Ancient Roman mosaics from what is today Tunisia, showing the mythic triumphant return from India of the Greek mythology god of wine and male fertility, Dionysus (dubbed by some modern scholars as a life-death-rebirth deity), and the god carries a tapering coniferous tree. This Christianization process is arguably seen in the Old English poem the Dream of the rood, in which the tree is the Crucifixion of Jesus on which Jesus was crucified. The poem also refers to the Tree of knowledge of good and evil in Genesis.
Medieval legends tended to concentrate more on the miraculous "flowering" of trees at Christmas time. A branch of flowering Glastonbury thorn is still sent annually for the Queen's Christmas table in the United Kingdom.
The modern custom cannot be proved to be directly descended from pagan tradition. It can, however, be traced to 16th century Germany; Ingeborg Weber-Kellermann (Marburg professor of European ethnology) identified as the earliest reference a Bremen guild chronicle of 1570 which reports how a small fir was decorated with apples, nuts, dates, pretzels and paper flowers, and erected in the guild-house, for the benefit of the guild members' children, who collected the dainties on Christmas day. Another early reference is from Basel, where the tailor apprentices carried around town a tree decorated with apples and cheese in 1597.
The First Christmas Trees
The city of Riga, Latvia, claims to be home of the first holiday tree; an octagonal plaque in the town square reads "The First New Year's Tree in Riga in 1510", in eight languages. Around this same time period, and subject to much debate as to whether the event occurred before the Riga holiday tree, Martin Luther is said to have decorated a small tree in house to symbolize the way the stars shined at night. During the 17th century, the custom entered family homes. One Strasbourg priest, Johann Konrad Dannerhauer, complains about the custom as distracting from the Bible|Word of God.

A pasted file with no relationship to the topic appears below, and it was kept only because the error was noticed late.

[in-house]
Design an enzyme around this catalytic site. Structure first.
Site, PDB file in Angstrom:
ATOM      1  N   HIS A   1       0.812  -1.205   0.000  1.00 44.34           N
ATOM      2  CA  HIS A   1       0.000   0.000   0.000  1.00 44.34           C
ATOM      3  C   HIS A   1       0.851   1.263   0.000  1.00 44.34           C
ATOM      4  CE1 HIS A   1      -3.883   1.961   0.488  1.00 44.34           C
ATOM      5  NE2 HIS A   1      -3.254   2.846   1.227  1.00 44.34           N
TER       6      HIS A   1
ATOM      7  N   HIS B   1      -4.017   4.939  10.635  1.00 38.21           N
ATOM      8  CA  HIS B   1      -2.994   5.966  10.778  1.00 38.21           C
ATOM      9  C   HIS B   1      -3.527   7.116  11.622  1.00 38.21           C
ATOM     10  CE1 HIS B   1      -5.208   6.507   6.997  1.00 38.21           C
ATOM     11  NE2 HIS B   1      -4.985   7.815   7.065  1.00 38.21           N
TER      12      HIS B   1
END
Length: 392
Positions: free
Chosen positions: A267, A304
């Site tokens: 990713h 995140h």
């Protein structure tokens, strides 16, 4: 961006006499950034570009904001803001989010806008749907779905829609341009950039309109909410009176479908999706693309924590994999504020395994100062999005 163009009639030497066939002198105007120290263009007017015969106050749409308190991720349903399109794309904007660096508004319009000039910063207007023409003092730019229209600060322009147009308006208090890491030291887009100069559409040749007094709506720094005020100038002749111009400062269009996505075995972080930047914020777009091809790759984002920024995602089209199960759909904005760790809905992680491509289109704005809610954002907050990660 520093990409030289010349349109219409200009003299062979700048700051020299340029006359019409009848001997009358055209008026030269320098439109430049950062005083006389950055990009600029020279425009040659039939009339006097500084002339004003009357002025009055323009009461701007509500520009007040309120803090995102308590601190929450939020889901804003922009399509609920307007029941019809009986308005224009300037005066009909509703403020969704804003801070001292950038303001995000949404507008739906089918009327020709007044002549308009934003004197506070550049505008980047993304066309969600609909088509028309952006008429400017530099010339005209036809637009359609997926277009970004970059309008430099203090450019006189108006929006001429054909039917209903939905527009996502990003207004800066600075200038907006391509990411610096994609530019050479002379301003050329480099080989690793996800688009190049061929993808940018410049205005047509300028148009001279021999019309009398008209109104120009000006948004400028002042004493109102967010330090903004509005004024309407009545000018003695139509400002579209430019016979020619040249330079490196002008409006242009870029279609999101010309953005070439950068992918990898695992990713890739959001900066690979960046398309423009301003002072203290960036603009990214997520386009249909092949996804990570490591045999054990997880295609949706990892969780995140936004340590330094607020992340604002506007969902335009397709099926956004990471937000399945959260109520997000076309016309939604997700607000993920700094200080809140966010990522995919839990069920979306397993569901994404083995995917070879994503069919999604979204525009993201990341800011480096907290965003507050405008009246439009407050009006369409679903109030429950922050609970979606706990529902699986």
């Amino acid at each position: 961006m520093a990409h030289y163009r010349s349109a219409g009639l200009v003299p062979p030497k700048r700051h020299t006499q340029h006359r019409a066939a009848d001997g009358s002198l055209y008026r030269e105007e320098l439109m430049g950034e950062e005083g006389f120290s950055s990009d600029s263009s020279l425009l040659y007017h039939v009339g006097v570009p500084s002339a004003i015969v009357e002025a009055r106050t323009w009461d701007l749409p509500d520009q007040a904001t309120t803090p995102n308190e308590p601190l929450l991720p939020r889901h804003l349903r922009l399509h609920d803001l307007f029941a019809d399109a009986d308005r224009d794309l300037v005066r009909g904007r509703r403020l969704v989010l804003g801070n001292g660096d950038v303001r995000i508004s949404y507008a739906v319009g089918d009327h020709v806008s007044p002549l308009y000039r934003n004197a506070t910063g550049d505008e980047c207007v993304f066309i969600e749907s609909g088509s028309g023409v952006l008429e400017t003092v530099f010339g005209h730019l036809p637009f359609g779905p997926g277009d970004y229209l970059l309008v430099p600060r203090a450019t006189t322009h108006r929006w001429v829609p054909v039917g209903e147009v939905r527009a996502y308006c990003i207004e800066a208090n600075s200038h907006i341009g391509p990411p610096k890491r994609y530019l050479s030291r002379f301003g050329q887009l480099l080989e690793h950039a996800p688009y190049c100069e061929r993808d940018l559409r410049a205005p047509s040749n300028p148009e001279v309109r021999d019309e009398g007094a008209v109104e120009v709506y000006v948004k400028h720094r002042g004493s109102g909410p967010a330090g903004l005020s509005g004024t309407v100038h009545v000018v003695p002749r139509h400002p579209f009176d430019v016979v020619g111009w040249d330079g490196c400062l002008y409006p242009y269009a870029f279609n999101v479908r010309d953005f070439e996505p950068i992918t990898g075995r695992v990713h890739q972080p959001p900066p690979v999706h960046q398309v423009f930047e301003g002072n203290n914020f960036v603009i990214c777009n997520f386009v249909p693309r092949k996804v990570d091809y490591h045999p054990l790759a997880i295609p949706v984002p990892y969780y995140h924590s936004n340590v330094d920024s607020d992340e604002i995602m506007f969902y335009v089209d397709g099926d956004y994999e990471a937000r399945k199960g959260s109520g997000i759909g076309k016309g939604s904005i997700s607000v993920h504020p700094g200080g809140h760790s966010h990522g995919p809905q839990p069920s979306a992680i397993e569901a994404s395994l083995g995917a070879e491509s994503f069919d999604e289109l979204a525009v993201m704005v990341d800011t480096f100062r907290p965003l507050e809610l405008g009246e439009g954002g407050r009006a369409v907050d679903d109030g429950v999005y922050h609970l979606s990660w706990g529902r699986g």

Several cities in the United States lay claim to that country's first Christmas tree. Windsor Locks, Connecticut, claims that a Hessian soldier put up a Christmas tree in 1777 while imprisoned at the Noden-Reed House, thus making it the home of the first Christmas tree in New England. The "First Christmas Tree in America" is also claimed by Easton, Pennsylvania, where German settlers purportedly erected a Christmas tree in 1816. In his diary, Matthew Zahm of Lancaster, Pennsylvania, recorded the use of a Christmas tree in 1821 -- leading Lancaster to also lay claim to the first Christmas Tree in America. Other accounts credit Charles Follen, a German immigrant to Boston, for being the first to introduce to America the custom of decorating a Christmas tree.
World’s Famous Christmas Trees
Many cities, towns, and department stores put up public Christmas trees outdoors for everyone to enjoy, such as the Rich's Great Tree in Atlanta, Georgia|Atlanta, the Rockefeller Center Christmas Tree in New York City and the large Christmas tree at Victoria Square in Adelaide. During most of the 1970s and 1980s, the largest Christmas tree in the world was put up every year on the property of The National Enquirer in Lantana, Florida. This tradition grew into one of the most spectacular and celebrated events in the history of southern Florida, but was discontinued on the death of the paper's founder in the late 1980s.